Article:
Sunday, July 29, 2007

Freaky Science vs. Traditional Medicine

I have been trying to figure out how my mom would feel about my adventures with bio-tech aka “freaky science” . My mother died of breast cancer 15 years ago and some might say that her death was a result of a profound distrust of “freaky science.”

When my mother first discovered a pink discoloration on her left breast, she really thought nothing of it. She did eventually go to her dr who really did not seem alarmed. But the pink spot kept growing.

Eventually, my aunt, who is a nurse, caught glimpse of it in a department store dressing room and ordered my mom to get a biopsy. When she learned that she had to consent to a mastectomy if the area proved cancerous, she refused.

After months of searching, she found a doctor who would do a hairline biopsy. After the test was done, she was told that she had cancer and that he needed a mastectomy and high doses of chemotherapy.

She refused.

She refused to have her breast removed and she refused chemo. Even though I provided her with stats, articles, and support group information, she refused. She had seen an uncle shrivel and die due to chemotherapy. And she swore to herself that she would not be another chemo casualty. Instead she chose to consult a traditional medicine woman from ‘back home’ in the Caribbean who suggested an herb regimen.

When those treatments didn’t work, Mom tried Dr. Akins’ alternative cancer therapies which were expensive and also ineffective. Eventually, as the cancer grew, she tried radiation and finally, she consented to light doses of chemotherapy. But it was too late.

About two years after spotting the breast discoloration, she succumbed to cancer. And throughout the whole ordeal I was very angry with her choices, but I understood that she had a contempt for western medicine, which is not uncommon in black or immigrant communities.

In fact, I hold that contempt whenever I go to the doctor, get a prescription filled or hear about anyone's surgery. Let’s face it, medicine in this country is big business and we have heard stories about the casualties of the medical industrial complex. Immigrants and blacks have a history of being used as guinea pigs in this country, so I think it makes sense to be a little paranoid. Additionally, I have also heard first hand stories about the wonders of herbalists, so I get it.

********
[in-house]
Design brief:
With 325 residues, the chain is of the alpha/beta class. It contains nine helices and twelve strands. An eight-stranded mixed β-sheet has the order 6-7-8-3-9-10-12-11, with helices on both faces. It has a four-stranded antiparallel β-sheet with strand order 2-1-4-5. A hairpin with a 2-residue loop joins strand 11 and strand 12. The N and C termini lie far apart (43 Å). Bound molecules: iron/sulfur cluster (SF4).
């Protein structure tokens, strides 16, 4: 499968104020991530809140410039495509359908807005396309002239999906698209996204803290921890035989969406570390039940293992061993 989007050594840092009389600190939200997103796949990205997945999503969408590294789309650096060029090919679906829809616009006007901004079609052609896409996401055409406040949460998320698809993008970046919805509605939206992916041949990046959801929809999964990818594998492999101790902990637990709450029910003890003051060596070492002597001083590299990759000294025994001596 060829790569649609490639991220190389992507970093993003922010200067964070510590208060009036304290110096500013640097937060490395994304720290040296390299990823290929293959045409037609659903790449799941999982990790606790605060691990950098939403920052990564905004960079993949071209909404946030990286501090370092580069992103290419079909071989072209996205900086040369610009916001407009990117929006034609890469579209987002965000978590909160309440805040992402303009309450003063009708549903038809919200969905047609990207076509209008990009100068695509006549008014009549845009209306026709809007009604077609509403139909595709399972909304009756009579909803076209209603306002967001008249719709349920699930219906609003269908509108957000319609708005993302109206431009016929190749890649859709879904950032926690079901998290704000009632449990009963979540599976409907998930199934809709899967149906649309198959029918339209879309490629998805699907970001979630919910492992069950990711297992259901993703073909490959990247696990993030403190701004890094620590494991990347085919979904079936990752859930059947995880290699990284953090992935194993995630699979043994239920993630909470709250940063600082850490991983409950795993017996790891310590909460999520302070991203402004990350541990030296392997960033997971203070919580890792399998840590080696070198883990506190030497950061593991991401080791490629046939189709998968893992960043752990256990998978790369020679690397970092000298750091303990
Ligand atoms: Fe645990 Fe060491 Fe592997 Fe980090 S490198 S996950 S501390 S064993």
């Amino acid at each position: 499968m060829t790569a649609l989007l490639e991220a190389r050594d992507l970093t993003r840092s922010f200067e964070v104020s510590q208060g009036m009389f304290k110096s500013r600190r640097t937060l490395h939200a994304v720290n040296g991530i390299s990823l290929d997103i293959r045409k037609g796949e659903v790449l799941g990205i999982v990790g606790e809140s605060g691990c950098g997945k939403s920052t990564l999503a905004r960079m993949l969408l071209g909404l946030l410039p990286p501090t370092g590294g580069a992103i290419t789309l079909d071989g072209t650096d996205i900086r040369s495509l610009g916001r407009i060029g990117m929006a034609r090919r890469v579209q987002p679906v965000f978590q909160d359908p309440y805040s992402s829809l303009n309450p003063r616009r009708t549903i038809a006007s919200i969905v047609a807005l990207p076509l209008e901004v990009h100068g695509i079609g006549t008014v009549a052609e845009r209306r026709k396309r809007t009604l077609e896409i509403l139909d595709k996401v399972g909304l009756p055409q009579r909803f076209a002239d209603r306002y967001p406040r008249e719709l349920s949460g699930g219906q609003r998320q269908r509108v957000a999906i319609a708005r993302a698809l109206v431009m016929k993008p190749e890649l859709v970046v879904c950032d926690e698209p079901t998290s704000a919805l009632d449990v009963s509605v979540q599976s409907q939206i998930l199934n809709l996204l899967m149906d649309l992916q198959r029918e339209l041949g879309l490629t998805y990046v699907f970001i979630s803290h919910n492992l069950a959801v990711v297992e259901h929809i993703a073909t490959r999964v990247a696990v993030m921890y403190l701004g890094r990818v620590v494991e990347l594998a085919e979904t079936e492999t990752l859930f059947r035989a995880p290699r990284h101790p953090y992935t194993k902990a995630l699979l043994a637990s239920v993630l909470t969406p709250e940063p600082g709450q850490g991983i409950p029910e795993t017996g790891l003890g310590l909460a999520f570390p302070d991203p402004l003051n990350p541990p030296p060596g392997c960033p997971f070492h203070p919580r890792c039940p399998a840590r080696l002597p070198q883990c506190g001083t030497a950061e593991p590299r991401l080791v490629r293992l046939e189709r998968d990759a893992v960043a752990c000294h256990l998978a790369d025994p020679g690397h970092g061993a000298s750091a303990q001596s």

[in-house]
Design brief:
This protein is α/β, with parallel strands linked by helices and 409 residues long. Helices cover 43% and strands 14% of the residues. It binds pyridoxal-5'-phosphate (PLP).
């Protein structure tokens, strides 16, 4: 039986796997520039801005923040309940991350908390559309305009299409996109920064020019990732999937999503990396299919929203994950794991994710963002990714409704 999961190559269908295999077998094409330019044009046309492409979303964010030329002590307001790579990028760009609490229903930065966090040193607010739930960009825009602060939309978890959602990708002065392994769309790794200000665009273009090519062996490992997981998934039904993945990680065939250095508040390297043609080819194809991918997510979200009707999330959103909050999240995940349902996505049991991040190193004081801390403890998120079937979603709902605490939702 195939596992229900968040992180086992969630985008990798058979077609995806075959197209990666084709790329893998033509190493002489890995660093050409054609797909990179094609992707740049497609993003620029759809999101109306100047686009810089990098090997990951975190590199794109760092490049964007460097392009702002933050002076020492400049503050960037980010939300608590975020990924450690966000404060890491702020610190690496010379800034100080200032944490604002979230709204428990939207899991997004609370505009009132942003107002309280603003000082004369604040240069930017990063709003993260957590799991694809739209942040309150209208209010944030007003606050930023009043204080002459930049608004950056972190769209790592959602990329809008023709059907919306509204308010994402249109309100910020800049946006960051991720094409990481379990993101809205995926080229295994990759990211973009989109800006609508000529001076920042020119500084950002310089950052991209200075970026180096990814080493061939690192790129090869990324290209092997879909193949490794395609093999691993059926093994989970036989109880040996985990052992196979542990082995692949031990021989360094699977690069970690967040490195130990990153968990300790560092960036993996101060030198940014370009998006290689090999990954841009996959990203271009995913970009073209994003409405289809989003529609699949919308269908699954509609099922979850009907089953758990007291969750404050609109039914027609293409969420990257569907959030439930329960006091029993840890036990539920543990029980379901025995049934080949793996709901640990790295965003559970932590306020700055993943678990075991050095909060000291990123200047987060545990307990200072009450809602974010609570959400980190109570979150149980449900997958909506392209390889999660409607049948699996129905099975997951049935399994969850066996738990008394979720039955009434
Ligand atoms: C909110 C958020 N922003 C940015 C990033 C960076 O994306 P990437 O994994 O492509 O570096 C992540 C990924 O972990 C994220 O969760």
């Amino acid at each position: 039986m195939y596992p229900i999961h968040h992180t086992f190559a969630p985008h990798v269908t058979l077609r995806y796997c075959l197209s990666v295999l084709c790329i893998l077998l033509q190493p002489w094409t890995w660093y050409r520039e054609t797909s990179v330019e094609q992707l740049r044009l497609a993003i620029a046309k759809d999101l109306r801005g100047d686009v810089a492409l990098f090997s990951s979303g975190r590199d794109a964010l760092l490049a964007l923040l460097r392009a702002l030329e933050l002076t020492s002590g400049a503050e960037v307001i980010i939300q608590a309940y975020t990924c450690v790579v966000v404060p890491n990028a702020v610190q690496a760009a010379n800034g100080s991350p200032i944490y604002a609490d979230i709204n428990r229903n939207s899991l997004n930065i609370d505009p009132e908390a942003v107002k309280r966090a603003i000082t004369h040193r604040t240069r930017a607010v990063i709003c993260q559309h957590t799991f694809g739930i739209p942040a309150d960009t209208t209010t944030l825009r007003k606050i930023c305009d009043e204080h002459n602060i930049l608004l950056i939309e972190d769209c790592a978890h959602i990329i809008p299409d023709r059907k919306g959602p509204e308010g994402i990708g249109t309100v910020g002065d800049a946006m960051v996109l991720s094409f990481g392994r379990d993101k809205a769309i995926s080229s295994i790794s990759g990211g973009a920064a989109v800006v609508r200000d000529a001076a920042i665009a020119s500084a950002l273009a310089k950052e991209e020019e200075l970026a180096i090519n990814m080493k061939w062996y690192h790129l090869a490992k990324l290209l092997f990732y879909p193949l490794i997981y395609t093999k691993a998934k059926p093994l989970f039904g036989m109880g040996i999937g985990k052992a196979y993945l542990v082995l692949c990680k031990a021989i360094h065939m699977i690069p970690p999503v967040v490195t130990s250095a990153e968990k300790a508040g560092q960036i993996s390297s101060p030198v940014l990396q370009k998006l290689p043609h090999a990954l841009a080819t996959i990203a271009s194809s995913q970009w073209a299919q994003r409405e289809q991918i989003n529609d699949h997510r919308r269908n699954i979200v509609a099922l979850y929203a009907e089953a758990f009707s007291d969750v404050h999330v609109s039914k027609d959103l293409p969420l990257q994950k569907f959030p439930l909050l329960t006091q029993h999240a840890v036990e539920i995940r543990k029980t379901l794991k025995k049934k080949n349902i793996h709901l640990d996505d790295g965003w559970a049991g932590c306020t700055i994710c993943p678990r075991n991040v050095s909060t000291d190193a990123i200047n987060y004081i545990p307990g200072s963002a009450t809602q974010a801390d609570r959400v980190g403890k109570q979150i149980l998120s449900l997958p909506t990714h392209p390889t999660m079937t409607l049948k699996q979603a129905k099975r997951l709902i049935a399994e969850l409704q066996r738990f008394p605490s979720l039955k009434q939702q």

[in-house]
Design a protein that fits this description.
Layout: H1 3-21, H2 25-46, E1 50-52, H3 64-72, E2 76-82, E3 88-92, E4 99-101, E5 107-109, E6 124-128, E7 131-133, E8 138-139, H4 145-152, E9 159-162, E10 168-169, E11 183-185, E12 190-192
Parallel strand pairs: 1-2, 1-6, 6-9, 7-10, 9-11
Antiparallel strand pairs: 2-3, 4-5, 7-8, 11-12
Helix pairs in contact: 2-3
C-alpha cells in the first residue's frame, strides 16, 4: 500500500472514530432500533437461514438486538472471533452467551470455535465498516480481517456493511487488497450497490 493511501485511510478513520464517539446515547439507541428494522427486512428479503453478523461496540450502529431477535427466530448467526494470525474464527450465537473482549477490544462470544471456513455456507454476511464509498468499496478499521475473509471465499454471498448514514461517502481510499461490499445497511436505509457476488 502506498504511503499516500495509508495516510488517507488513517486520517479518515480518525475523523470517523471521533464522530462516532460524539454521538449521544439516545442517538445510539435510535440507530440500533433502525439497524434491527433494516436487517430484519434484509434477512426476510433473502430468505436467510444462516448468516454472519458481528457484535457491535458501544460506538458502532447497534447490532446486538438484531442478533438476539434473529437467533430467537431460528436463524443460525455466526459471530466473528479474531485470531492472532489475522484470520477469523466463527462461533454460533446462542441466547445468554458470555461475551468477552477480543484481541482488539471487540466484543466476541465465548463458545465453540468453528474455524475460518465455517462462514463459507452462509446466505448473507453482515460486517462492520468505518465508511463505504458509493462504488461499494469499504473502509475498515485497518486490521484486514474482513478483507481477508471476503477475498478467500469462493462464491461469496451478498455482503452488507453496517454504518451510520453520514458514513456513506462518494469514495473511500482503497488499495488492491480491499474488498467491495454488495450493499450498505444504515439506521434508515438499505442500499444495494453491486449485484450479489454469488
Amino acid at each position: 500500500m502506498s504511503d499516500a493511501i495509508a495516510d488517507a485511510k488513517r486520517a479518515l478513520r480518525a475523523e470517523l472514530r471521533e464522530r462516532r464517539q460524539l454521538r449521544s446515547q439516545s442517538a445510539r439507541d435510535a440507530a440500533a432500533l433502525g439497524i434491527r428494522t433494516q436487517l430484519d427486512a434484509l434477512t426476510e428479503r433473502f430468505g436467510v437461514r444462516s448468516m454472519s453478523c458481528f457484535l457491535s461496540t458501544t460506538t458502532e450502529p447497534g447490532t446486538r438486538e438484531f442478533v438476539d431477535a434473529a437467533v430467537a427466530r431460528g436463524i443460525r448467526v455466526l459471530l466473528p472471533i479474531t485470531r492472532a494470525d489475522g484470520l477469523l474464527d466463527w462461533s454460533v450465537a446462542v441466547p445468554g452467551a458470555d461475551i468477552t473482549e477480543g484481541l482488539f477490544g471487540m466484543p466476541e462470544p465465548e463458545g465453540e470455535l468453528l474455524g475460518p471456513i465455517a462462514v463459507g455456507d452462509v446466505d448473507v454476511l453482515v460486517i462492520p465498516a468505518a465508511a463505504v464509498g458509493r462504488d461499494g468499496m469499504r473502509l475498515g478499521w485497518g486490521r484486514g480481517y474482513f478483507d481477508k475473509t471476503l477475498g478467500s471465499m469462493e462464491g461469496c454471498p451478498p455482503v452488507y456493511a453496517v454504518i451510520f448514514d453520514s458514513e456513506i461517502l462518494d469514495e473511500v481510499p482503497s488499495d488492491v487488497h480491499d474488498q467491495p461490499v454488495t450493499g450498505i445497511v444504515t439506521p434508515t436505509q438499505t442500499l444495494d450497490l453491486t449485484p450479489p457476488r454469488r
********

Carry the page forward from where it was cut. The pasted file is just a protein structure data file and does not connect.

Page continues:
But I still get angry when I think about how she died. I still get angry when I think about how she could have made different choices and lived longer. And, most importantly, I still miss her every single day.

The circumstances around my mother’s death serve as the back drop to my story. Nadia may or may not completely understand the depth of my conflict with bio-tech aka "freaky science". I definitely feel ambivalent about all of this medication I’m on. On the one hand, I feel self-indulgent and spoiled. On the other hand, I feel like this is my only shot (no pun intented).This is my only road to conception, pregnancy and birth. And I really want to have that biological connection to my child and to my mom.

So even though I know my mom would be completely repelled by the whole egg drop drama, I am convinced that she would be psyched for me to give birth.

And I think that that's what keeps me going.


Lo said...

I'm sorry about your mom. I can understand your frustration. My uncle was recently diagnosed with lung cancer, and he is also refusing all Western medicine, including a test to see if the tumor is operable (he will not get operated on, anyway). The mistrust is understandable, but the choice by a family member is hard to live with.

Co said...

I'm sorry about your mom. My mom died of ovarian cancer 25 years ago (She was only 34 when she died. I'm now 34 and pregnant. It's weird that my body is involved in creating and nurturing life at the same age that my mother's succumbed to death). My mom did everything the doctors told her to ... chemo, several operations... but in the end, it wasn't enough to save her life.

This past year, it was weird for me to think about how I was paying an R.E. to overstimulate my ovaries in hopes of getting pregnant. It seemed kind of counter to what my mom had to do at the same age.

Anyway, good luck this cycle.

oneofhismoms said...

Don't forget the medical abuse and use of Native Americans!

It is tricky to think about your mom's situation. You have every right to be angry even now, because perhaps if she had gone the chemo route she'd still be with you. But she also could have gone that way and lost her dignity along with the fight against cancer. It seems like a huge obsticle to overcome... her choices and the result.

Now you're a lot like her, because you know what you are willing to do to get what your body needs.